Daylight Saving Time begins on Sunday, 2:00 A.M to be exact. Which means we lose an hour of sleep Saturday night and dragging yourself out of bed for work on Monday is going to be terrible.

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Scientists analyzed 10 years of data from hospitals in Finland, and found that there's an 8% jump in strokes in the week after we switch to Daylight Saving Time. It has to do with the way the time change messes with your body's internal clock.

When it gets thrown off, your body can have some serious negative responses, especially if you're over 65, or your health is already kind of shaky.

Here are some ways that you can help your body adjust to the time change:

  1. Cut out caffeine. Make sure you don't have any caffeine at least six hours before bed. It's a good rule of thumb in general, but especially important this weekend.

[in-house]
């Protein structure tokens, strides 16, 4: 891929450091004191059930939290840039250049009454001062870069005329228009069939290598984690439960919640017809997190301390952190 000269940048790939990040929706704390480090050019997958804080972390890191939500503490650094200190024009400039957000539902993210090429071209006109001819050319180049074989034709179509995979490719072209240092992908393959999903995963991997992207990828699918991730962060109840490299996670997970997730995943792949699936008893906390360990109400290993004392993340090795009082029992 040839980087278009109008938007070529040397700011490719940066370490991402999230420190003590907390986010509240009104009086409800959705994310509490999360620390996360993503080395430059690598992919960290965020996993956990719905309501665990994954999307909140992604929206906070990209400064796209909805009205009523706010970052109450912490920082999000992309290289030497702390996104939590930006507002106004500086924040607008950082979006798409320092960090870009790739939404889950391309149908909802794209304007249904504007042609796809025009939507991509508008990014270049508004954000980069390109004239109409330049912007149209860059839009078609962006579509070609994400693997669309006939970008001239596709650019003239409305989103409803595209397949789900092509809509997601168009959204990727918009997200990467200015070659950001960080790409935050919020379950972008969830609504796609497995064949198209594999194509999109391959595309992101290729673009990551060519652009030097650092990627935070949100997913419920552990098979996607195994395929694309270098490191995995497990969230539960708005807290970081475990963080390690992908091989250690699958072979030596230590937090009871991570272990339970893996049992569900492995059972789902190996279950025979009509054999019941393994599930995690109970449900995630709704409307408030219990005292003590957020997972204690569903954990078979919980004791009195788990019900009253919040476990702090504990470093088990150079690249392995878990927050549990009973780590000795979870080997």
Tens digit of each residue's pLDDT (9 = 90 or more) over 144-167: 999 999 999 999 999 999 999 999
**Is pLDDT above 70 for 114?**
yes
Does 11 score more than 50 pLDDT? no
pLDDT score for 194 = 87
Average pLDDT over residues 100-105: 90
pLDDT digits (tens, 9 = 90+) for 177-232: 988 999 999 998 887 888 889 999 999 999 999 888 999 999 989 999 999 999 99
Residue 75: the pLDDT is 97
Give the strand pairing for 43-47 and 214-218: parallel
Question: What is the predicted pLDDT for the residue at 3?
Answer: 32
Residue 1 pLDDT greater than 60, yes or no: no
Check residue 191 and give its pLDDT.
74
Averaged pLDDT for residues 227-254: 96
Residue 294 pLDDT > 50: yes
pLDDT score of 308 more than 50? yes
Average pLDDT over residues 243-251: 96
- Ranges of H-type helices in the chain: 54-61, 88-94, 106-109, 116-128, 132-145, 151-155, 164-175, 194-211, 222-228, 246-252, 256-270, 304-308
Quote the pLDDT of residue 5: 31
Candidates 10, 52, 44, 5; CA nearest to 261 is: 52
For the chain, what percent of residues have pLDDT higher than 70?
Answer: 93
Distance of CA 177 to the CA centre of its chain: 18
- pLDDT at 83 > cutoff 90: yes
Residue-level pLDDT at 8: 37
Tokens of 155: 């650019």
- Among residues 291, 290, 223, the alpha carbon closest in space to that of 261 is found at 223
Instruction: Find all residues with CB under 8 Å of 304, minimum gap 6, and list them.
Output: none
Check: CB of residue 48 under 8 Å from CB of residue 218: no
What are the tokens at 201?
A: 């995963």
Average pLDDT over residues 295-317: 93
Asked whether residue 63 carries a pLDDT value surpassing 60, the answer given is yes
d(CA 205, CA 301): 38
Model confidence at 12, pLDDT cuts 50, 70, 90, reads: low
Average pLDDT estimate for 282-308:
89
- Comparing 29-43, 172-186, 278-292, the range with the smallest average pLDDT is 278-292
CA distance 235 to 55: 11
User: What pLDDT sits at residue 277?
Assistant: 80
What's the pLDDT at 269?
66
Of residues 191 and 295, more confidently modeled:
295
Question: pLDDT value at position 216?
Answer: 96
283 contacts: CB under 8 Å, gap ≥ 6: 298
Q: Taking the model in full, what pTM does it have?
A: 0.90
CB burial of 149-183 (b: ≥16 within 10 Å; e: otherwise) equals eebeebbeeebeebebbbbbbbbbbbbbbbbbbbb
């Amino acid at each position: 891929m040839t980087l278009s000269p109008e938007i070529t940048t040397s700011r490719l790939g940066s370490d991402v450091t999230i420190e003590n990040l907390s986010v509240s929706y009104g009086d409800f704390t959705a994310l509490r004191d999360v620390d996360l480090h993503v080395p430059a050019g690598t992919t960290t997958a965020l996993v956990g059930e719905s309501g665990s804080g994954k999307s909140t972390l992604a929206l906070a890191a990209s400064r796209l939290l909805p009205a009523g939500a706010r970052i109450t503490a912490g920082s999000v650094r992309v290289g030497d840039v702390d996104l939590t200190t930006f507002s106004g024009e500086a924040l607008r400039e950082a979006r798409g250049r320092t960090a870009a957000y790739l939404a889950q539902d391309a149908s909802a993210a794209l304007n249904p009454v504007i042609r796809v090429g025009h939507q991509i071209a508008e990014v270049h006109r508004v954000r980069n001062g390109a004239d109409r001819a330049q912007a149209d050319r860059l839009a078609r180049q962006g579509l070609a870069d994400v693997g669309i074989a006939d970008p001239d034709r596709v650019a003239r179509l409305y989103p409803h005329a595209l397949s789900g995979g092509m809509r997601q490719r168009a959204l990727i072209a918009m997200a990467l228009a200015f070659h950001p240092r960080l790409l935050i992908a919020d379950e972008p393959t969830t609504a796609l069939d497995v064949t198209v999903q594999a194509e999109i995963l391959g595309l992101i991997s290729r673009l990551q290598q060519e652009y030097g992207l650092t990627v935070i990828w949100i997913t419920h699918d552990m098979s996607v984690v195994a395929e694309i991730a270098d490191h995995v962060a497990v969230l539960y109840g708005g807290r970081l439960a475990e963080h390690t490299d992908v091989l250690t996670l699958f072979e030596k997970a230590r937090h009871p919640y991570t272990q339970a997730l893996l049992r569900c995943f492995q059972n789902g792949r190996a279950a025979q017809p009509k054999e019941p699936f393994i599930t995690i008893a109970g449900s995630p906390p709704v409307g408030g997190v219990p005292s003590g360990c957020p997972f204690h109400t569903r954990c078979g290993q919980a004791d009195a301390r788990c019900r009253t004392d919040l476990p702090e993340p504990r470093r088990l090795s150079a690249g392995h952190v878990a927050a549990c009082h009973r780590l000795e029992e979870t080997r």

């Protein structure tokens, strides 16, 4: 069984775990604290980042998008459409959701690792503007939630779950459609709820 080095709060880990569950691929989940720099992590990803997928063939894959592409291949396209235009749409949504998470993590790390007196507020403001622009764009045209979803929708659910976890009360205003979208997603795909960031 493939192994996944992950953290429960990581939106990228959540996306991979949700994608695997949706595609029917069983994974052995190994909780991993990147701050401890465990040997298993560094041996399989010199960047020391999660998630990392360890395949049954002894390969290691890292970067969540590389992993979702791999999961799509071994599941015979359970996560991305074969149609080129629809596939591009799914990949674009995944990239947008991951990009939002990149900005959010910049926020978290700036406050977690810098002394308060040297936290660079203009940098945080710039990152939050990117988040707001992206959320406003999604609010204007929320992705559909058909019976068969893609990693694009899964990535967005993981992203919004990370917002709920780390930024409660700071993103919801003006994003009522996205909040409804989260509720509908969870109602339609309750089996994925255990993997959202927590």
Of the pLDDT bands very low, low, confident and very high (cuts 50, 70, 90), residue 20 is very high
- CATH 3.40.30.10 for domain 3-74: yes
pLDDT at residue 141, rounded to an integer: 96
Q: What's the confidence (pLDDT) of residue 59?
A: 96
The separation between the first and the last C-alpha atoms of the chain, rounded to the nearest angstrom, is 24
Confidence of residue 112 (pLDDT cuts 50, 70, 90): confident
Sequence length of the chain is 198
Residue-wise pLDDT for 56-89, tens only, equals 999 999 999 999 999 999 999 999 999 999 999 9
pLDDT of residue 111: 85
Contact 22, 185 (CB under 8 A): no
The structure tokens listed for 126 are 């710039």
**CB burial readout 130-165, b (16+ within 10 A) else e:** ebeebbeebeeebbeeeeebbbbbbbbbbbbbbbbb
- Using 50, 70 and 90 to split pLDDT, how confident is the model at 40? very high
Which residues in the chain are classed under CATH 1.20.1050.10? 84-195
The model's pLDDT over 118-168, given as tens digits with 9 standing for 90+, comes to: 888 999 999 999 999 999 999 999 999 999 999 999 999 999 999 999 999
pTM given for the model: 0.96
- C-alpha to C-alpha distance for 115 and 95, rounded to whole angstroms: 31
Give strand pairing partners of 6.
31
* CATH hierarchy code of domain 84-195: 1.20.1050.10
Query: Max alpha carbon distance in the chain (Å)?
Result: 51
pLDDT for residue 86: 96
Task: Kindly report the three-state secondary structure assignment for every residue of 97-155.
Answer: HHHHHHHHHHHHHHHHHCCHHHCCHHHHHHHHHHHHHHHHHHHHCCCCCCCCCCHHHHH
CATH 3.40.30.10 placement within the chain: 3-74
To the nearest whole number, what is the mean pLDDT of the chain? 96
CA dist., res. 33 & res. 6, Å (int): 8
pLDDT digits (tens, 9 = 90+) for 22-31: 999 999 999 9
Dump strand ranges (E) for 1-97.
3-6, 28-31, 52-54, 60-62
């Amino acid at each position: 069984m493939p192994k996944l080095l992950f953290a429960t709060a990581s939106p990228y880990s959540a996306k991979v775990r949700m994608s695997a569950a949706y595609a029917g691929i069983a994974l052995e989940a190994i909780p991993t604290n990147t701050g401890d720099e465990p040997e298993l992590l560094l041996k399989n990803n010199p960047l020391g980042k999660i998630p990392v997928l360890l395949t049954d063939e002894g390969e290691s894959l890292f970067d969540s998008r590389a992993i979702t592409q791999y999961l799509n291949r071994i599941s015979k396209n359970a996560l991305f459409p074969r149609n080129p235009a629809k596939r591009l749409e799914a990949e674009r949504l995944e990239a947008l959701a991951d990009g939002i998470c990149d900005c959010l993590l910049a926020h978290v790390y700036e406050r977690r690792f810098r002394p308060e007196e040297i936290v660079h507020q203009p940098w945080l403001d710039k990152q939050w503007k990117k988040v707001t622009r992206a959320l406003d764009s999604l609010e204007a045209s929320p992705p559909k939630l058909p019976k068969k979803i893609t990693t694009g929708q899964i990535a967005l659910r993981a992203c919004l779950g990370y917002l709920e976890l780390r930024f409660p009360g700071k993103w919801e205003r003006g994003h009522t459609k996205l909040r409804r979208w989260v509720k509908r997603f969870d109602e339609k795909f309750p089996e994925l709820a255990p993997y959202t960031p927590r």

2. No alcohol. Even just one drink can disturb your sleep.
  3. Eat light. Don't eat anything for at least two or three hours before you plan to go to bed. Otherwise it can interfere with the quality of your sleep.
  4. Make your bed a place you want to sleep in. Meaning, fresh clean sheets and no phones or iPads.
  5. Go to bed earlier. To minimize the impact of the time change, make a few gradual adjustments rather than one big one.

    Go to bed 15 to 30 minutes earlier than usual tonight and again tomorrow, then you should be fully adjusted by Monday.

Get more tips from The Better Sleep Council.